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Alessandro Cripsta

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The New Purpose of Companies

Living things, black markets

Reflecting on Volcker's rule

The illusion of privacy

Beyond the fintech hype

Deep-pocketed investors are pouring money into fintech companies, but which are for real and which will fade? Quartz's latest field guide surveys ten unicorns to explain what's changing in financial services, and what's just driven by fear of missing out. ✦

Beyond the fintech hype

Is there a fintech bubble? Our guide uncovered a distinct fear of missing out among investors—venture capital funds are shoveling cash into money losing startups, and even more money into the few that are profitable.

A few themes emerge from the haze of hype: many of the most valuable fintech startups

Is there a fintech bubble? Our guide uncovered a distinct fear of missing out among investors—venture capital funds are shoveling cash into money losing startups, and even more money into the few that are profitable.

A few themes emerge from the haze of hype: many of the most valuable fintech startups are in emerging markets, as investors hope to make bundle by extending financial services to people who have traditionally lacked them.

Another theme is that many of these companies have unremarkable business models. Among them are banks, brokers, and payment companies. They seem more like finance companies that tech companies. If that's right, they should be valued accordingly.

This paragraph stands out: "Perhaps the most surprising thing about the most highly valued fintechs is how ordinary some of them are. They usually rely on software that’s hosted in the cloud, and their apps have whizzy interfaces. Otherwise, many of them act a lot like regular financial companies. They

This paragraph stands out: "Perhaps the most surprising thing about the most highly valued fintechs is how ordinary some of them are. They usually rely on software that’s hosted in the cloud, and their apps have whizzy interfaces. Otherwise, many of them act a lot like regular financial companies. They process payments, take deposits, make loans, and, in one case, provide brokerage for stock and options trading."

The only thing that matters is how secure these companies are and what risk management policies and controls are in place. How it is done is immaterial. Just my opinion but the biggest value the fintech sector provides is spotlighting the potential of new technologies. The best will be bought by real

The only thing that matters is how secure these companies are and what risk management policies and controls are in place. How it is done is immaterial. Just my opinion but the biggest value the fintech sector provides is spotlighting the potential of new technologies. The best will be bought by real banks. As an aside my banks already provide all the services I need on a global basis. Additionally my accounts are insured and regulated.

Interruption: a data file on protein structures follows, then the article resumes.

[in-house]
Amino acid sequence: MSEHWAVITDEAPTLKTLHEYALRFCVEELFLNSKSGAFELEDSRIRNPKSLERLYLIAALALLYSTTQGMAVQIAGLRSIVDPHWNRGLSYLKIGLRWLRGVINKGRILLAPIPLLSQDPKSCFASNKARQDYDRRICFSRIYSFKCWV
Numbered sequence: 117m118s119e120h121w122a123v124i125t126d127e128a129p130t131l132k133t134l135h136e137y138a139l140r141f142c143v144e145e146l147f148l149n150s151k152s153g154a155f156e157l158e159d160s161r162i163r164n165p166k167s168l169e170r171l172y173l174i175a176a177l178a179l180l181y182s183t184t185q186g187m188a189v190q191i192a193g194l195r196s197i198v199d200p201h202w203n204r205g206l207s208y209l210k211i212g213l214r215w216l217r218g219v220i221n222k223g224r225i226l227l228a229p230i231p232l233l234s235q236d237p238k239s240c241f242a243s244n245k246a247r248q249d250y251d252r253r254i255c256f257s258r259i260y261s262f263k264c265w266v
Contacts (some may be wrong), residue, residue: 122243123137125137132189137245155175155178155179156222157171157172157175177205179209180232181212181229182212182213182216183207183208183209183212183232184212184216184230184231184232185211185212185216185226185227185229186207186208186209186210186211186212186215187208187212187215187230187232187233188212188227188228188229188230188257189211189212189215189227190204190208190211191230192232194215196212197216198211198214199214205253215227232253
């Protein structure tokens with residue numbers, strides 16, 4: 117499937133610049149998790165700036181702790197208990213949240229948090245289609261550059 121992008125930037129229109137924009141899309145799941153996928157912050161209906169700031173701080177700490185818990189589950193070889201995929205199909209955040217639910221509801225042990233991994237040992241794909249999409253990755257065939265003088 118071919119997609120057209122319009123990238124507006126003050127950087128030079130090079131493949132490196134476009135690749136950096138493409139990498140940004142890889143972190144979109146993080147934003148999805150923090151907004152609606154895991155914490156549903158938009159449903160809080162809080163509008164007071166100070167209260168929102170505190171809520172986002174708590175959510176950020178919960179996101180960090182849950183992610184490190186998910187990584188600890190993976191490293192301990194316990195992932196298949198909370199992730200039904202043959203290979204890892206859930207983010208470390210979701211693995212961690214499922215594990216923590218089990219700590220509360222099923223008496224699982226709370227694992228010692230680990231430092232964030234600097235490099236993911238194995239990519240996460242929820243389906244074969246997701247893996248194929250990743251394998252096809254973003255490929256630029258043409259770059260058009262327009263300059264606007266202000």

Arguably a fintech could provide services in underbanked markets but then they become banks and should be treated as such.

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Socialist countries hire more women in STEM fields. A Soviet-era blueprint introduced gender quotas, parental leave, and state-subsidized kindergarten, leading to more females in math and science fields. Western capitalist states could learn from it.

Read more on Quartz

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  • There is one aspect here in terms of playing a role in discouraging girls from entering STEM that I always wonder, but only very few researches have studied the effect. That aspect is Religion.

    Besides the State involvement and labor shortages as the article points out, a more significant difference

    There is one aspect here in terms of playing a role in discouraging girls from entering STEM that I always wonder, but only very few researches have studied the effect. That aspect is Religion.

    Besides the State involvement and labor shortages as the article points out, a more significant difference between socialist countries like the Soviet Union or China today and non-socialist countries is that rudimentarily in the establishment of a socialist or communist society, atheism is a core pillar. In Private Property and Communism (1845), Marx said that "Communism begins from the outset with atheism; but atheism is, at first, far from being communism."

    The idea of building a society abolishing a state religion and replacing with atheism may have helped a great deal to validate women's ambitions and unchain their minds in pursuing STEM without being denigrated or judged by their more religious roles.

    The studies also show that religious women in STEM are even a more vulnerable minority. And Religion might be one of the whys "girls in the East felt less anxious and more confident about their aptitude in math than their counterparts from West Germany and were less likely to be intimidated in competitive situations with boys."

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